The Bacillus subtilis tryptophan biosynthetic genes are regulated by the trp RNA-binding attenuation protein (TRAP). Cooperative binding of L- tryptophan activates TRAP so that it can bind to RNA. The crystal structure revealed that L-tryptophan forms nine hydrogen bonds with various amino acid residues of TRAP. We performed site-directed mutagenesis to determine the importance of several of these hydrogen bonds in TRAP activation. We tested both alanine substitutions as well as substitutions more closely related to the natural amino acid at appropriate positions. Tryptophan binding mutations were identified in vivo having unchanged, reduced, or completely eliminated repression activity. Several of the in vivo defective TRAP mutants exhibited reduced affinity for tryptophan in vitro but did not interfere with RNA binding at saturating tryptophan concentrations. However, a 10-fold decrease in TRAP affinity for tryptophan led to an almost complete loss of regulation whereas increased TRAP affinity for tryptophan had little or no effect on the in vivo regulatory activity of TRAP. One hydrogen bond was found to be dispensable for TRAP activity, whereas two others appear to be essential for TRAP function. Another mutant protein exhibited tryptophan-independent RNA binding activity. We also found that trp leader RNA increases the affinity of TRAP for tryptophan.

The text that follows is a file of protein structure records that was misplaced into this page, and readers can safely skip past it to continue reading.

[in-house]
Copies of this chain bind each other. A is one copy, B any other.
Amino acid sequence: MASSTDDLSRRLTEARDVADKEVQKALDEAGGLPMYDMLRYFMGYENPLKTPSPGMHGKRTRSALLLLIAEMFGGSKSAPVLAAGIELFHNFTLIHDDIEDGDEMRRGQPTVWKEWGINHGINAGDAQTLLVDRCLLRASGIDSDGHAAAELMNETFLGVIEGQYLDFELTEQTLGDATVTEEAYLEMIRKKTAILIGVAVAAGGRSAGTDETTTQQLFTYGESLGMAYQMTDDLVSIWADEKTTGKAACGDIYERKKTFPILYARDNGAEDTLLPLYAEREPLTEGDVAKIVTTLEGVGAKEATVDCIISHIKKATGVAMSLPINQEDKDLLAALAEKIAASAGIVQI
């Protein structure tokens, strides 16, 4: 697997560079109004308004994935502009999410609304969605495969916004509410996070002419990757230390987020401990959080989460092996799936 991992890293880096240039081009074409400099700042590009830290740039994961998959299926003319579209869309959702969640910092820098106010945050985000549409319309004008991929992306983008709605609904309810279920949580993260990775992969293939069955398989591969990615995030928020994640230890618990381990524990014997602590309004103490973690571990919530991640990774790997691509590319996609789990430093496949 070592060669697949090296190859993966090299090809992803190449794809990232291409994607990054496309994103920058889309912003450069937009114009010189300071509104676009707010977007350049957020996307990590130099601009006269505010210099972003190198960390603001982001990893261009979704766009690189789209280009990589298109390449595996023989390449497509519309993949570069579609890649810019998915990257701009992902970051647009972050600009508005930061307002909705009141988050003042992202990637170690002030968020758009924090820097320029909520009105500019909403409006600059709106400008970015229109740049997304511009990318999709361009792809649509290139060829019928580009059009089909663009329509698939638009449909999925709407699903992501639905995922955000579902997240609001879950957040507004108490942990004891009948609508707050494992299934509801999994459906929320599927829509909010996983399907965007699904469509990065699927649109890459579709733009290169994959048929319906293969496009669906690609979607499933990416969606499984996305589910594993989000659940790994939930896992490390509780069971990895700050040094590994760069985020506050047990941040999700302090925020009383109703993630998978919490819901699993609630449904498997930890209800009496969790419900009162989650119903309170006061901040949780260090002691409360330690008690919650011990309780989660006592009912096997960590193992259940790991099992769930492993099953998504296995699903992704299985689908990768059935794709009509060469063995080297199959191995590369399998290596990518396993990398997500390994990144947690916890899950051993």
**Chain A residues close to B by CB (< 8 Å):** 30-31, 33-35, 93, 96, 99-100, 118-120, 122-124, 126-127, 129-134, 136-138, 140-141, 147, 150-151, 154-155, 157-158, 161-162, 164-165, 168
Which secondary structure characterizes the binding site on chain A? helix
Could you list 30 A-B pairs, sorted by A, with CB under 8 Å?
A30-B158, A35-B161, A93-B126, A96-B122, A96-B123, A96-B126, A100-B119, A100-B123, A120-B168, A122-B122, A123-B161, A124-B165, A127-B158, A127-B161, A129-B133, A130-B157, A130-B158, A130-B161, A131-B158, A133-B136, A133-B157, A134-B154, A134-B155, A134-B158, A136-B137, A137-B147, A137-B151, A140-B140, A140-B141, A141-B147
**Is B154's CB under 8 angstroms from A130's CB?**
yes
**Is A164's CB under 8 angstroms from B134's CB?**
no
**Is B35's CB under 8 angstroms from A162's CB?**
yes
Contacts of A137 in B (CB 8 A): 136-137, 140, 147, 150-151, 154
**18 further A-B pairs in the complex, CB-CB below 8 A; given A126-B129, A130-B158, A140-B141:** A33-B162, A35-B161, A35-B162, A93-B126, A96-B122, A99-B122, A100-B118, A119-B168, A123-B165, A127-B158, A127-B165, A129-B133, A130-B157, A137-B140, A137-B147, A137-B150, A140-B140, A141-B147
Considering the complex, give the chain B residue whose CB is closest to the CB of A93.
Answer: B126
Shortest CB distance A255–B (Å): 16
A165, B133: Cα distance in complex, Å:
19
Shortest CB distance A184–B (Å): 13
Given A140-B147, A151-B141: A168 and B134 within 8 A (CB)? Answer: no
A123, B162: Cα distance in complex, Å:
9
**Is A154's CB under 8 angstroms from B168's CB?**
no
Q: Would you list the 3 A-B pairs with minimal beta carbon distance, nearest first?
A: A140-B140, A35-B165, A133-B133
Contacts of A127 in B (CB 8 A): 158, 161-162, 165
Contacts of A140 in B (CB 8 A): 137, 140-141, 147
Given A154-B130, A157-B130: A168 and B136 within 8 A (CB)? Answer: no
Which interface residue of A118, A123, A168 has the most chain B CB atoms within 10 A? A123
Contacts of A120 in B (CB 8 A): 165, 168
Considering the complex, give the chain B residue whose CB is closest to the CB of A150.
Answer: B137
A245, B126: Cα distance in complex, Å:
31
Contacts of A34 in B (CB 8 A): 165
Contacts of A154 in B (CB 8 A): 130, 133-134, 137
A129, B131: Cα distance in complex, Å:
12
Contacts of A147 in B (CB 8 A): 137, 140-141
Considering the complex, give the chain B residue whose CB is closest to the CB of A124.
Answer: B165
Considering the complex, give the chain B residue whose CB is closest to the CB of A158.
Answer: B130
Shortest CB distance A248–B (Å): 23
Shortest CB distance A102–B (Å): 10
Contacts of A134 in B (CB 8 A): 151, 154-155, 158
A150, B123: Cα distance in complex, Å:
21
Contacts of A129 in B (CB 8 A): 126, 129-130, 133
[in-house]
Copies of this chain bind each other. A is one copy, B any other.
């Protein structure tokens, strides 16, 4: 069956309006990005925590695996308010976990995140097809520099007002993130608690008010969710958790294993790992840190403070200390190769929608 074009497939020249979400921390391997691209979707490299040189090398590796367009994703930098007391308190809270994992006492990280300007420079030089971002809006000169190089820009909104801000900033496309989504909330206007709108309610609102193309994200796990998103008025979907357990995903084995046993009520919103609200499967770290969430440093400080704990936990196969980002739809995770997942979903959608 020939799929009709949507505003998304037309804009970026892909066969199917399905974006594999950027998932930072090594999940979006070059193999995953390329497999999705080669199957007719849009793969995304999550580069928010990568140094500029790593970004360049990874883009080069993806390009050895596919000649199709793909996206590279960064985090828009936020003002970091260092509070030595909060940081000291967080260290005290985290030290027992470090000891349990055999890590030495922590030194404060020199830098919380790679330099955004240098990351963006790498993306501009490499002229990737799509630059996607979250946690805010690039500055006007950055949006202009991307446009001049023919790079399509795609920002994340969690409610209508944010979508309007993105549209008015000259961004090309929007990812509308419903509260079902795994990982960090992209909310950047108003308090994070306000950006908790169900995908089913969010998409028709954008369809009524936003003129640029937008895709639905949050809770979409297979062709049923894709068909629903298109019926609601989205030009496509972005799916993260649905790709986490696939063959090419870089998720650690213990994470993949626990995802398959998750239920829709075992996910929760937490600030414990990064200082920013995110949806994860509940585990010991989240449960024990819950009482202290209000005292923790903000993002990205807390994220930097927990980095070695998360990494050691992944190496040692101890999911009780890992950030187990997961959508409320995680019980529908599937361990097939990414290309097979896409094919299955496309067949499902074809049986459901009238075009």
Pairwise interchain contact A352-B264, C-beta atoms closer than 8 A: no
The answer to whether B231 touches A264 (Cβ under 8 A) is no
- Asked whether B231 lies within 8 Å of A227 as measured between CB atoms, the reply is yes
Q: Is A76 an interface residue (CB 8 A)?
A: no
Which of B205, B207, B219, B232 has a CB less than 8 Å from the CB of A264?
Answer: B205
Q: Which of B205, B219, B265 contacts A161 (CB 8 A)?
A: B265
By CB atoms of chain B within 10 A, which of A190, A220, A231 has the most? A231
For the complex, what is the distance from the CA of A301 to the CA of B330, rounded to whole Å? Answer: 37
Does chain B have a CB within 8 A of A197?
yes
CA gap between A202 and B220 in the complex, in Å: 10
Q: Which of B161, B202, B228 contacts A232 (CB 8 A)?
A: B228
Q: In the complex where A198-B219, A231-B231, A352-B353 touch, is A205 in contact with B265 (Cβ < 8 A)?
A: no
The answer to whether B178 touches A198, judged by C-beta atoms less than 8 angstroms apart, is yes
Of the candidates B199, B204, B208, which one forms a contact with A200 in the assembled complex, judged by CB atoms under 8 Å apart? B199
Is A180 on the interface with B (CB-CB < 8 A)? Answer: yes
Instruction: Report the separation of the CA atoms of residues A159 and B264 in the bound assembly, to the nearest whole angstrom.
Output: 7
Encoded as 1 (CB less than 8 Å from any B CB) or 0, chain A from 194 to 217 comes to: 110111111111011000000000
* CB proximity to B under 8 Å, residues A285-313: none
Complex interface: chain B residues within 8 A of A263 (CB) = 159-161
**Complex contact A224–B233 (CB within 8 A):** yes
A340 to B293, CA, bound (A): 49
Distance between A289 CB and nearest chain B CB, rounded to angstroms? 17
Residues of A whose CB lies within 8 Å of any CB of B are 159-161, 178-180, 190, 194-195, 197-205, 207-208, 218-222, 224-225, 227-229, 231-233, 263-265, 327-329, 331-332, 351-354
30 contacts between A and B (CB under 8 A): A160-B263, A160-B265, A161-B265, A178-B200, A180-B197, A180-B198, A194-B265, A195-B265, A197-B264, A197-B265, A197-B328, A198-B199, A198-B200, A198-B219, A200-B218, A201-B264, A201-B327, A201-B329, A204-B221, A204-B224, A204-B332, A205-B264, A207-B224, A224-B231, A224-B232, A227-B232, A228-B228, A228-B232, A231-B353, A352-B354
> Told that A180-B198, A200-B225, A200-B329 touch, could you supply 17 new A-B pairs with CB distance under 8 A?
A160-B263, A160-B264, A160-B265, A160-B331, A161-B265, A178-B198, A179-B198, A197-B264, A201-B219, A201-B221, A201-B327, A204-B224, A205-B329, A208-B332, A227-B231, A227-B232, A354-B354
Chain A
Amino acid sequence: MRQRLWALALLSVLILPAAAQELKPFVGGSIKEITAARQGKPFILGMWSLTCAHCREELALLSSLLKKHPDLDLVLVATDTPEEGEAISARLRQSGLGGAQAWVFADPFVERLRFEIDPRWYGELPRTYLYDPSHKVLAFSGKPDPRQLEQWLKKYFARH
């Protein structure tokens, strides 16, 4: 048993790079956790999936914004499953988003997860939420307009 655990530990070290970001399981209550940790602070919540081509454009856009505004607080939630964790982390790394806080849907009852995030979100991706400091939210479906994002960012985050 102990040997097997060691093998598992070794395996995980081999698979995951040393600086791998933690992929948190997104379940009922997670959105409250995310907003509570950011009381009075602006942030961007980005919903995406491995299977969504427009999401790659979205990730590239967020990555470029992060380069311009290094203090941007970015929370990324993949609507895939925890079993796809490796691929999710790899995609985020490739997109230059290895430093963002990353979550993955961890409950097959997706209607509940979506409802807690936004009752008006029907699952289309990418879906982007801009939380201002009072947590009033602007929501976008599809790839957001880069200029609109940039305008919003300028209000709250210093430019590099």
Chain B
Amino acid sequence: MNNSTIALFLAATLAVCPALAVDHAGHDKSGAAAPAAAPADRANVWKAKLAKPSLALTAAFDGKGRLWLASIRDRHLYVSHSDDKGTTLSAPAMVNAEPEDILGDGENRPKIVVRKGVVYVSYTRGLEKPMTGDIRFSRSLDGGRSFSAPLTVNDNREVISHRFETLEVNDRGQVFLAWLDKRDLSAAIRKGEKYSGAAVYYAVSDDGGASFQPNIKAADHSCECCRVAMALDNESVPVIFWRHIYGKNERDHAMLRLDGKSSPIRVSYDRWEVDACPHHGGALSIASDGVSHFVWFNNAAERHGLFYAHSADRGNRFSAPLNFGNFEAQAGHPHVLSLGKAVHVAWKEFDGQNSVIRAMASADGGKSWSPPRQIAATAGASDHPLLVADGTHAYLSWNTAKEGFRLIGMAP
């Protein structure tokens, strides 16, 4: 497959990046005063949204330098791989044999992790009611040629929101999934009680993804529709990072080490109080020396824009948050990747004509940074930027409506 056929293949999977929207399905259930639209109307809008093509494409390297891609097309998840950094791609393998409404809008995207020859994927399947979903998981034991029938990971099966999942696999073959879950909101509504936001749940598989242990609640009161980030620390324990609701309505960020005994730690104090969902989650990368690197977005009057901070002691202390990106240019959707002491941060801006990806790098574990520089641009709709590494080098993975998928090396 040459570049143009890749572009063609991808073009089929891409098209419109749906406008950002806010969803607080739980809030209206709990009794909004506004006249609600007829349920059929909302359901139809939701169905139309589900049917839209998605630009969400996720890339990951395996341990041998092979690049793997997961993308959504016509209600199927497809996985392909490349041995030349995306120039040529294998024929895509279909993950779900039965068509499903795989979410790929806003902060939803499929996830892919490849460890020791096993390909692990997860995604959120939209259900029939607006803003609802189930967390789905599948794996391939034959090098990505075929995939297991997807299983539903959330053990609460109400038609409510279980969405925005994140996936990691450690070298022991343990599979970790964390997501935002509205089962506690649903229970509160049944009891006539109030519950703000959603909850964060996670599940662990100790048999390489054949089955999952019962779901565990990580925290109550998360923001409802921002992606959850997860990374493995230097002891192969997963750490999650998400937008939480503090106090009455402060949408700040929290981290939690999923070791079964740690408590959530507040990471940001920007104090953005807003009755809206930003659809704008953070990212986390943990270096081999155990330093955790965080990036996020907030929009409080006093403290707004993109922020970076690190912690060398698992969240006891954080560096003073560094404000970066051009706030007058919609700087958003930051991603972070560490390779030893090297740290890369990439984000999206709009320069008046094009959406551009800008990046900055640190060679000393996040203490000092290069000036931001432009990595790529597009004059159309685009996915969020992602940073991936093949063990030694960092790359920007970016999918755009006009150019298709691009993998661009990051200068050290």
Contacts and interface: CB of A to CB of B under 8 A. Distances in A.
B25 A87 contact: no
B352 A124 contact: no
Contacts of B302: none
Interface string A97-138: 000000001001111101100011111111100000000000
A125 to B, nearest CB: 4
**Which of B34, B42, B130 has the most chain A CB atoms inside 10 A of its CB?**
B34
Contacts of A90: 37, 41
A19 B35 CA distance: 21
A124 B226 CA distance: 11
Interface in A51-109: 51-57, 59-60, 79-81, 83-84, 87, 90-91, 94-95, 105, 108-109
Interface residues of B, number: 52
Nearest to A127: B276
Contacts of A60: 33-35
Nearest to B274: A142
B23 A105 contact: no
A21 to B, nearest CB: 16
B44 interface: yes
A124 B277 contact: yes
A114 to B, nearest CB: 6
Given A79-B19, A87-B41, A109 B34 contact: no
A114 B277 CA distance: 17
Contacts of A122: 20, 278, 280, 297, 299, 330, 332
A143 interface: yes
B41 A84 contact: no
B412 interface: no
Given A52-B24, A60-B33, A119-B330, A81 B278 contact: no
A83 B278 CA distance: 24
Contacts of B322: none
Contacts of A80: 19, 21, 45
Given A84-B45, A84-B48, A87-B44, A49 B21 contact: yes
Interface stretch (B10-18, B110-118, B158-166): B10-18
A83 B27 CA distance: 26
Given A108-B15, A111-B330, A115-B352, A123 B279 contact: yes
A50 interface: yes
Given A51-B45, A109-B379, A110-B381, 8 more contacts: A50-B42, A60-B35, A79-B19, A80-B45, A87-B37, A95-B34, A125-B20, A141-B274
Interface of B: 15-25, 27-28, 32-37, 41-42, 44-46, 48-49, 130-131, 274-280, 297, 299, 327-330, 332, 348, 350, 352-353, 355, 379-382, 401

All Science Journal Classification (ASJC) codes
- Molecular Biology
- Cell Biology